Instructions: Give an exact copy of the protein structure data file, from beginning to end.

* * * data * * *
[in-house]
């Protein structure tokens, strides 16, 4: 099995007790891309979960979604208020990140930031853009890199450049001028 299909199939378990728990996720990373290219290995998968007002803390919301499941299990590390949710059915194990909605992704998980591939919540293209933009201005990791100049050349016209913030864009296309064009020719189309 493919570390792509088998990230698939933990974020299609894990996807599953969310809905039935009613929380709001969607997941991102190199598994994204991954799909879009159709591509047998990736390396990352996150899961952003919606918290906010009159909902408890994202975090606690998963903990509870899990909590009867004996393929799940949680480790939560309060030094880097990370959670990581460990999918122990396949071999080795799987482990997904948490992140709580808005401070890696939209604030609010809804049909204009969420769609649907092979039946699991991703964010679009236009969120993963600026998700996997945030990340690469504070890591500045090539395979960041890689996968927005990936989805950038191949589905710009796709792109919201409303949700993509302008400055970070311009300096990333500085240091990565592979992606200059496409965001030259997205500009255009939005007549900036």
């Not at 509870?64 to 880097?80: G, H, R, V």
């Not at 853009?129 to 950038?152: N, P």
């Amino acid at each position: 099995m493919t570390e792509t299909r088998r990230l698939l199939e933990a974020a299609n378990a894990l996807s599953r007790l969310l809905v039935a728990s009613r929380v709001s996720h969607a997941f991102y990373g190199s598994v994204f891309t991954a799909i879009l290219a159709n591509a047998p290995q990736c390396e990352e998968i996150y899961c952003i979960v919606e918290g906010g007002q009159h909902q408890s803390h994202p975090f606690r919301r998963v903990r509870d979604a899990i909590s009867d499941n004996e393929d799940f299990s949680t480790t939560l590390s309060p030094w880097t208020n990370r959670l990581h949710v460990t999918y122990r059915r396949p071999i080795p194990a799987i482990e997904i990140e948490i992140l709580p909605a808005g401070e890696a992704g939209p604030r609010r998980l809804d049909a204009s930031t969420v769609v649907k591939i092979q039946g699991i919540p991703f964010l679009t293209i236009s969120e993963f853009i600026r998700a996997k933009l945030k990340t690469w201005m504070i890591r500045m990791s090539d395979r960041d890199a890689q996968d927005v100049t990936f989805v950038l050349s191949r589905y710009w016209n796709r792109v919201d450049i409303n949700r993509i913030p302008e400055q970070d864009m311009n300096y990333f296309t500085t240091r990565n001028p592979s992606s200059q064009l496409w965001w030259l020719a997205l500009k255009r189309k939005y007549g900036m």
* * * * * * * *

[in-house]
């Protein structure tokens, strides 16, 4: 099995007790891309979960979604208020990140930031853009890199450049001028 299909199939378990728990996720990373290219290995998968007002803390919301499941299990590390949710059915194990909605992704998980591939919540293209933009201005990791100049050349016209913030864009296309064009020719189309 493919570390792509088998990230698939933990974020299609894990996807599953969310809905039935009613929380709001969607997941991102190199598994994204991954799909879009159709591509047998990736390396990352996150899961952003919606918290906010009159909902408890994202975090606690998963903990509870899990909590009867004996393929799940949680480790939560309060030094880097990370959670990581460990999918122990396949071999080795799987482990997904948490992140709580808005401070890696939209604030609010809804049909204009969420769609649907092979039946699991991703964010679009236009969120993963600026998700996997945030990340690469504070890591500045090539395979960041890689996968927005990936989805950038191949589905710009796709792109919201409303949700993509302008400055970070311009300096990333500085240091990565592979992606200059496409965001030259997205500009255009939005007549900036």
């Not at 509870?64 to 880097?80: G, H, R, V």
């Not at 853009?129 to 950038?152: N, P």
């Amino acid at each position: 099995m493919t570390e792509t299909r088998r990230l698939l199939e933990a974020a299609n378990a894990l996807s599953r007790l969310l809905v039935a728990s009613r929380v709001s996720h969607a997941f991102y990373g190199s598994v994204f891309t991954a799909i879009l290219a159709n591509a047998p290995q990736c390396e990352e998968i996150y899961c952003i979960v919606e918290g906010g007002q009159h909902q408890s803390h994202p975090f606690r919301r998963v903990r509870d979604a899990i909590s009867d499941n004996e393929d799940f299990s949680t480790t939560l590390s309060p030094w880097t208020n990370r959670l990581h949710v460990t999918y122990r059915r396949p071999i080795p194990a799987i482990e997904i990140e948490i992140l709580p909605a808005g401070e890696a992704g939209p604030r609010r998980l809804d049909a204009s930031t969420v769609v649907k591939i092979q039946g699991i919540p991703f964010l679009t293209i236009s969120e993963f853009i600026r998700a996997k933009l945030k990340t690469w201005m504070i890591r500045m990791s090539d395979r960041d890199a890689q996968d927005v100049t990936f989805v950038l050349s191949r589905y710009w016209n796709r792109v919201d450049i409303n949700r993509i913030p302008e400055q970070d864009m311009n300096y990333f296309t500085t240091r990565n001028p592979s992606s200059q064009l496409w965001w030259l020719a997205l500009k255009r189309k939005y007549g900036m």